Metal Descriptions
from: http://www.metalexpress.net/cgi-bin/index.pl


Alloy Steel

Steel is iron that is combined with other elements such as carbon, manganese and silicon.
It falls into a number of families: Alloy, Carbon, Stainless, Tool, as well as plain Cast Iron.

Alloy steels contain added elements that cause the steel to exhibit enhanced properties when heat treated.

   Cold Rolled

   Hot Rolled


Carbon Steel

Carbon steels are basic steels which harden only with surface (case) treatments.

   Cold Rolled

   Hot Rolled


Stainless Steels

   Austenitic

When nickel is added to stainless steel in sufficient amounts the crystal structure changes to "austenite". The basic composition of austenitic stainless steels is 18% chromium and 8% nickel (and are refered to as 18/8 stainless). This enhances their corrosion resistance and modifies the structure from ferritic to austenitic. Austenitic grades are the most commonly used stainless steels accounting for more than 70% of production (type 304 is the most common).

   Ferritic

Ferritic stainless steels are plain chromium steels containing between 10.5 and 18% chromium and have a low carbon content. They are magnetic and not hardenable by heat treatment. Ferritic alloys have good ductility and formability but a relatively poor high temperature strength compared to that of austenitic grades.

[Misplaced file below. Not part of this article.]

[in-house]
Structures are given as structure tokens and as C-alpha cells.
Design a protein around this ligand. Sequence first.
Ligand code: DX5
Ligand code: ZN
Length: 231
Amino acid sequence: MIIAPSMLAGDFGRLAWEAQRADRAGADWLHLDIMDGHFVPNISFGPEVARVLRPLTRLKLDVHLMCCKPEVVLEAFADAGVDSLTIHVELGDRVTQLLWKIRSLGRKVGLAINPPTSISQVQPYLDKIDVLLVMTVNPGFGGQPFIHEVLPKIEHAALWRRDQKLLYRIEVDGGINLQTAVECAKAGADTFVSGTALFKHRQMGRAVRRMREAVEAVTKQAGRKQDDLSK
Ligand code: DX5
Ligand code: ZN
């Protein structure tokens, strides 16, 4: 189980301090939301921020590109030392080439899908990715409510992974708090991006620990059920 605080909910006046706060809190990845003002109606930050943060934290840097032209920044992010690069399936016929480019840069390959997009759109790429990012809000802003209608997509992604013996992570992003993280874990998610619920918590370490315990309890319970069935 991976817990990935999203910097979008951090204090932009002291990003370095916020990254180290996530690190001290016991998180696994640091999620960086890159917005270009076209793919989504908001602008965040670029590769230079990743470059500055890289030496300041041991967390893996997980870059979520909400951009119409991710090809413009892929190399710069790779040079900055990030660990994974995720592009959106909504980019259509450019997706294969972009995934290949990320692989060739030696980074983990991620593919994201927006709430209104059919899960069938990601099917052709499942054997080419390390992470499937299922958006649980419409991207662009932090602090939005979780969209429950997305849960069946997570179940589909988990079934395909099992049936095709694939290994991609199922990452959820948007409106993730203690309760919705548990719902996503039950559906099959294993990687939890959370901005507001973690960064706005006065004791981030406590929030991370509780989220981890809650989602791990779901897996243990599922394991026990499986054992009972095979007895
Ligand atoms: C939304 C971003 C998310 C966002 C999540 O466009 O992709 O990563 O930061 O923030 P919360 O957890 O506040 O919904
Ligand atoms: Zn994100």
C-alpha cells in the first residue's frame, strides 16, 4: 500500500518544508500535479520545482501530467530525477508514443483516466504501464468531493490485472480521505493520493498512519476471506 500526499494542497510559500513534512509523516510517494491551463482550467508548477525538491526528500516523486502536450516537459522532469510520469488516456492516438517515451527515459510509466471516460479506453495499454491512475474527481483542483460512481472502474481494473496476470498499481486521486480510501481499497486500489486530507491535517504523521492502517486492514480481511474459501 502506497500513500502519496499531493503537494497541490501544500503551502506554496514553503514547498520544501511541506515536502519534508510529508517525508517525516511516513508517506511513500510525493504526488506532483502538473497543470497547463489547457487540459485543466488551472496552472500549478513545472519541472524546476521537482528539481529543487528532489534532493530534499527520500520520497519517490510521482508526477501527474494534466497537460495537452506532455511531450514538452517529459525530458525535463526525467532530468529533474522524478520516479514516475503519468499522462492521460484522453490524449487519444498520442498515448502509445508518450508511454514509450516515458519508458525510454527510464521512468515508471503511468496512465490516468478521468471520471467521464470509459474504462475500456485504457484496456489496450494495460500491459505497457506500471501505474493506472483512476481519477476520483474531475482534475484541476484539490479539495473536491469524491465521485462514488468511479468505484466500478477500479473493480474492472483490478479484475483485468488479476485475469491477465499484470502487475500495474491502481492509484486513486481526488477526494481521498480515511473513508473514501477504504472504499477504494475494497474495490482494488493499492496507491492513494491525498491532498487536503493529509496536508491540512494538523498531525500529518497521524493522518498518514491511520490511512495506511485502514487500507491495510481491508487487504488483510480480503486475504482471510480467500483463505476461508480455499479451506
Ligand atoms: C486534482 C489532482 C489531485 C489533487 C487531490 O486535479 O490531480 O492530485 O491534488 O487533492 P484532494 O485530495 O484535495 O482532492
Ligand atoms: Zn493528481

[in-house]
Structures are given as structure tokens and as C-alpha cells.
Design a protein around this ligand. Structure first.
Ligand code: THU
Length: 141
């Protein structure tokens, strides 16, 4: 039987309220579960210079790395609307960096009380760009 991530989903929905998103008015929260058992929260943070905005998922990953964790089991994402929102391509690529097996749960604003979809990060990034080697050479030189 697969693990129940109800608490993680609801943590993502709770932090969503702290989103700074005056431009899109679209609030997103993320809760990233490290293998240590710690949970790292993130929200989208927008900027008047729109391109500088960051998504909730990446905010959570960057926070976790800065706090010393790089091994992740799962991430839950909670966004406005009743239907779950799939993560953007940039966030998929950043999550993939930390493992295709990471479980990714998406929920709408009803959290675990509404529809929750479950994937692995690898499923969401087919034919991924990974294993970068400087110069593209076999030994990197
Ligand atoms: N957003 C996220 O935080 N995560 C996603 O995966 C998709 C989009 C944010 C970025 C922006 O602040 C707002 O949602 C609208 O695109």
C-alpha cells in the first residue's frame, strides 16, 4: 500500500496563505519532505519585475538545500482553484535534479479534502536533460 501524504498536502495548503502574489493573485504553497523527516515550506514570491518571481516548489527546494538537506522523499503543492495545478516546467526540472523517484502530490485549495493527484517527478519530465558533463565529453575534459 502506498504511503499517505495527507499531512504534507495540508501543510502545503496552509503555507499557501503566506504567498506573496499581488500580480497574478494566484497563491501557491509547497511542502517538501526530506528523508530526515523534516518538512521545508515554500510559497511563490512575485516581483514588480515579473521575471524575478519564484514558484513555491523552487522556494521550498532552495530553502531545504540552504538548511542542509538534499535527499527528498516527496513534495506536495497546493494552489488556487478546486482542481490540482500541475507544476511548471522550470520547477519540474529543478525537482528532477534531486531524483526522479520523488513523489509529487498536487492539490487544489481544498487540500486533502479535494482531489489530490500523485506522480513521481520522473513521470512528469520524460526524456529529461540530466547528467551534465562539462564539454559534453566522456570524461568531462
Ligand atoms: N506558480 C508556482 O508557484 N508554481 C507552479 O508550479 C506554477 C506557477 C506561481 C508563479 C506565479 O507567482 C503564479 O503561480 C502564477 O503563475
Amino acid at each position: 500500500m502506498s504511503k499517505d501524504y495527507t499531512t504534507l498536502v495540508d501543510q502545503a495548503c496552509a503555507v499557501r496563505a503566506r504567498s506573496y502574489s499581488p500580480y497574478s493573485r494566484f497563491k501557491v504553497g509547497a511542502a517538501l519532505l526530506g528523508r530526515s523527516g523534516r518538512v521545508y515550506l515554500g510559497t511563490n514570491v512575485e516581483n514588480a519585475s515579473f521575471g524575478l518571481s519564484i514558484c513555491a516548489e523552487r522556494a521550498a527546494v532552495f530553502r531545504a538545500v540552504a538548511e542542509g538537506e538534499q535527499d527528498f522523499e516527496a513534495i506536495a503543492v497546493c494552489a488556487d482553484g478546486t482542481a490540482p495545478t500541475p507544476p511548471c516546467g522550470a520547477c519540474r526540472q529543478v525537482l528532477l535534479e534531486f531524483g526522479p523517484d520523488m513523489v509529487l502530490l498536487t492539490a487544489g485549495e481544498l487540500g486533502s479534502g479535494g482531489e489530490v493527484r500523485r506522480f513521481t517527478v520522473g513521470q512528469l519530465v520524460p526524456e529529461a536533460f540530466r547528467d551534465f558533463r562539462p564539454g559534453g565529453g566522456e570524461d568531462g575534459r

Martensitic

Martensitic stainless steels were the first stainless steels that were commercially developed and have a relatively high carbon content (0.1 - 1.2%) compared to other stainless steels. They are plain chromium steels containing between 12 and 18% chromium. They are magnetic and hardenable by quenching and tempering like plain carbon steels and find their main application in cutlery, aerospace and general engineering.


Tool Steels and Drill Rod

   High carbon and chromium steels for hardened tooling.

   High Speed Steels, high carbon and molybdenum steels for tooling.

   Carbide tooling (not iron based), for those hard to get places.


Cast Iron

Also known as gray iron, this material features a close grain structure and moderately high strength. It has good machinability and responds well to fast heat treating. Excellent for valve bodies, bearing rings and seals, gears, spacers and bushings.


Aluminum

Aluminum alloys are strong, naturally soft, lightweight, ductile and malleable. Easy to machine, fabricate, join and work. Aluminum is non-toxic and electrically and thermally conductive.


Copper and Alloys

Copper is corrosion resistant and highly ductile. Great for electrical applications.

   Brass

An alloy of copper with high percentage of zinc makes it stronger and more durable than copper or bronze. Brass resists atmospheric corrosion, water, and many salt water solutions. It is easy to manufacture and maintains higher electrical characteristics.

   Bronze

An alloy of copper and tin which is generally ductile and malleable. Its high copper content makes it more corrosion resistant than brass. It is also harder and stronger than copper. Various alloys are used for bearings and marine parts.


Nickel Silver